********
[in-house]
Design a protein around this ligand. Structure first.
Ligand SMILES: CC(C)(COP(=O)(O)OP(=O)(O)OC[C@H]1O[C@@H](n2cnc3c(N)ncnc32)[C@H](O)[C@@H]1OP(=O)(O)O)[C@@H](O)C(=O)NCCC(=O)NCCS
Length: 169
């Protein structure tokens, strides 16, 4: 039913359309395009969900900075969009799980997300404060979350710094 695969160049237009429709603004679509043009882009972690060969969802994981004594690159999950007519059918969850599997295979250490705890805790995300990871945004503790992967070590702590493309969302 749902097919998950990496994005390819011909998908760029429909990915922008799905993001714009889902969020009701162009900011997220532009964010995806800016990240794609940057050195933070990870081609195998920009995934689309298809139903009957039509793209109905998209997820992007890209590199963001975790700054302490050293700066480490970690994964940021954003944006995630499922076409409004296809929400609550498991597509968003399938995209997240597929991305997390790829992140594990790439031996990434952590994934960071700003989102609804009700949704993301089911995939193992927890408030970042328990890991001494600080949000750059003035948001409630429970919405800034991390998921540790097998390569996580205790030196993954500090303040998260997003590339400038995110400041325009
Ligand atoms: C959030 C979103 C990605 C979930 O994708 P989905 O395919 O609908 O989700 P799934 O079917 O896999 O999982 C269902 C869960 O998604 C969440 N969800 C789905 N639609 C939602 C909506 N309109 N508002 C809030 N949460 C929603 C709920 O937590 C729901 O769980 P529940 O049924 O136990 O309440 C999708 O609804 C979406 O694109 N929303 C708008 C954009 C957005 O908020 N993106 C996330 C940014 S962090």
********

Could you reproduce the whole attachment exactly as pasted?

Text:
[in-house]
Design a protein around this ligand. Structure first.
Ligand SMILES: CC(C)(COP(=O)(O)OP(=O)(O)OC[C@H]1O[C@@H](n2cnc3c(N)ncnc32)[C@H](O)[C@@H]1OP(=O)(O)O)[C@@H](O)C(=O)NCCC(=O)NCCS
Length: 169
């Protein structure tokens, strides 16, 4: 039913359309395009969900900075969009799980997300404060979350710094 695969160049237009429709603004679509043009882009972690060969969802994981004594690159999950007519059918969850599997295979250490705890805790995300990871945004503790992967070590702590493309969302 749902097919998950990496994005390819011909998908760029429909990915922008799905993001714009889902969020009701162009900011997220532009964010995806800016990240794609940057050195933070990870081609195998920009995934689309298809139903009957039509793209109905998209997820992007890209590199963001975790700054302490050293700066480490970690994964940021954003944006995630499922076409409004296809929400609550498991597509968003399938995209997240597929991305997390790829992140594990790439031996990434952590994934960071700003989102609804009700949704993301089911995939193992927890408030970042328990890991001494600080949000750059003035948001409630429970919405800034991390998921540790097998390569996580205790030196993954500090303040998260997003590339400038995110400041325009
Ligand atoms: C959030 C979103 C990605 C979930 O994708 P989905 O395919 O609908 O989700 P799934 O079917 O896999 O999982 C269902 C869960 O998604 C969440 N969800 C789905 N639609 C939602 C909506 N309109 N508002 C809030 N949460 C929603 C709920 O937590 C729901 O769980 P529940 O049924 O136990 O309440 C999708 O609804 C979406 O694109 N929303 C708008 C954009 C957005 O908020 N993106 C996330 C940014 S962090």